Date of Award
Doctor of Philosophy (PhD)
Richard H. Gramzow
Challenge and Threat, Gender Disparities, Perspective Taking, Political Differences
Social and Behavioral Sciences
An important skill for interpersonal communication is the ability to take the perspective of another person. Taking the perspective of a target can aid the perceiver in predicting the target’s mental states and subsequent behaviors. This can be especially important in threatening situations. How a member of an advantaged group believes that disadvantaged group members will react to a threatening situation may influence the advantaged member’s actions and beliefs. In the first study, female and male participants read information regarding gender while using three perspectives; their own perspective, predicting the other gender’s responses, or imagining their responses if they were the other gender. They estimated their career expectations while using their assigned perspective and their willingness to help women in the workplace while using their own perspective. The second study examined perspective taking in the political context. Participants were presented with a paragraph indicating that Independent voters were either in favor or against their political party. The participants indicated their future life expectations, willingness to compromise with the opposing party, and willingness to help a member of the opposing party. Both studies reported a similar pattern for expectations. Advantaged groups overestimated the negative effects of threat on the disadvantaged group, while disadvantaged groups overestimated the positive effects on the advantaged groups. Perspective taking increased helping intentions in Study 1 and showed mixed results in Study 2. The studies’ results were inconsistent with prior research and suggest that perspective taking may not produce positive results for groups who are disadvantaged.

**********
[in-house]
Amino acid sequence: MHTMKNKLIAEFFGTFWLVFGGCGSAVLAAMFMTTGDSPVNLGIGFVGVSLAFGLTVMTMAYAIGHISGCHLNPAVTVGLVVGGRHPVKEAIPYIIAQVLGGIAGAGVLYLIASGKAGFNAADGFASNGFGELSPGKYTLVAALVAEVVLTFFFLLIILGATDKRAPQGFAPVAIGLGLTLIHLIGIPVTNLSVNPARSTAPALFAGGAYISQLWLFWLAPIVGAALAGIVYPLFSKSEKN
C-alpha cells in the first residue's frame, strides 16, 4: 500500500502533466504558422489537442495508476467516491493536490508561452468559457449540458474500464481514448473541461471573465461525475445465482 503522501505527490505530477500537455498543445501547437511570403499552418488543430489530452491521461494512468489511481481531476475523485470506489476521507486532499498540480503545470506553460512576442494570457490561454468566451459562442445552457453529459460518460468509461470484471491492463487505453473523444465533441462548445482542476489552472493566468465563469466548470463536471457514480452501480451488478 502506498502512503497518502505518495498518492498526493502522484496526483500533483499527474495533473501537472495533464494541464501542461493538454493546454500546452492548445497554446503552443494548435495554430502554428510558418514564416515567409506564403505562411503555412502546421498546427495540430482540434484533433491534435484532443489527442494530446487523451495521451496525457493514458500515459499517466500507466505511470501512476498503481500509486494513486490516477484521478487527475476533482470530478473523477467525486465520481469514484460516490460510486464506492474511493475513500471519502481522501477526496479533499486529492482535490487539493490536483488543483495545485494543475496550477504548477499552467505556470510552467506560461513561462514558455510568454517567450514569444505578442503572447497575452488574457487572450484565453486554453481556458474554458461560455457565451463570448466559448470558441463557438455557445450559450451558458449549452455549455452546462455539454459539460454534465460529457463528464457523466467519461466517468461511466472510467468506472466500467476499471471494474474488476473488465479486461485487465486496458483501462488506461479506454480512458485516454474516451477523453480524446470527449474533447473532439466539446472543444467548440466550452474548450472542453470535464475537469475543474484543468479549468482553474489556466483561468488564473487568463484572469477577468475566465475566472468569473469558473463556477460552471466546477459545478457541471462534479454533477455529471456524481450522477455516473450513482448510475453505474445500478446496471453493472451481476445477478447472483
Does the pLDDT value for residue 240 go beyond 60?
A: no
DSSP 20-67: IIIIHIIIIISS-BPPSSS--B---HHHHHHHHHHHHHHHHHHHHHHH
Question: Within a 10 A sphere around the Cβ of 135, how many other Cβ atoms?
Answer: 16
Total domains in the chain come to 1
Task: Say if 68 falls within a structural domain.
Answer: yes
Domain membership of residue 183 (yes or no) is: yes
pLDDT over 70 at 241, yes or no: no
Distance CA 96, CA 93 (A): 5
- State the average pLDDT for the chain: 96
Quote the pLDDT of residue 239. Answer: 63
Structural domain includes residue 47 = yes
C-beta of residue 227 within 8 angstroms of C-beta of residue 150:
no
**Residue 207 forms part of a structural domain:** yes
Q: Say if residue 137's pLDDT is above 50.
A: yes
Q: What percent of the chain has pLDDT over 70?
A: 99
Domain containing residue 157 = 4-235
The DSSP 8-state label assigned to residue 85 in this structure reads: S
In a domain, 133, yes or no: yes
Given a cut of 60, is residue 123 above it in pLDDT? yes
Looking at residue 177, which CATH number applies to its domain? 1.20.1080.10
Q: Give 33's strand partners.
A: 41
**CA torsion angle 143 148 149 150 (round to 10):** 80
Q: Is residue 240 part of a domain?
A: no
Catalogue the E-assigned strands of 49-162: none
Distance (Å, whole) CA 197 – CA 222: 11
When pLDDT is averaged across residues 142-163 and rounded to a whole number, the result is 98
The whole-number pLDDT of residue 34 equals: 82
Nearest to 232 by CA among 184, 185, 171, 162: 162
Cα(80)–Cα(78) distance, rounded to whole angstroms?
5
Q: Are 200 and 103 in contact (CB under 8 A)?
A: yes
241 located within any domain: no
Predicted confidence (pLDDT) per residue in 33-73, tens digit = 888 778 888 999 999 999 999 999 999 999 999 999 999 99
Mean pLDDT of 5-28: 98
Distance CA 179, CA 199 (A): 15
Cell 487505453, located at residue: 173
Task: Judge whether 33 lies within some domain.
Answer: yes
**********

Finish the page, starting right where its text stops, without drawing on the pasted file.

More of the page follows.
Castro, Joseph R., "PERSPECTIVE TAKING AND THREAT: DO THREATENING SITUATIONS HAVE AN EFFECT ON HELPING INTENTIONS AND PERCEIVED EXPECTATIONS?" (2016). Dissertations - ALL. 646.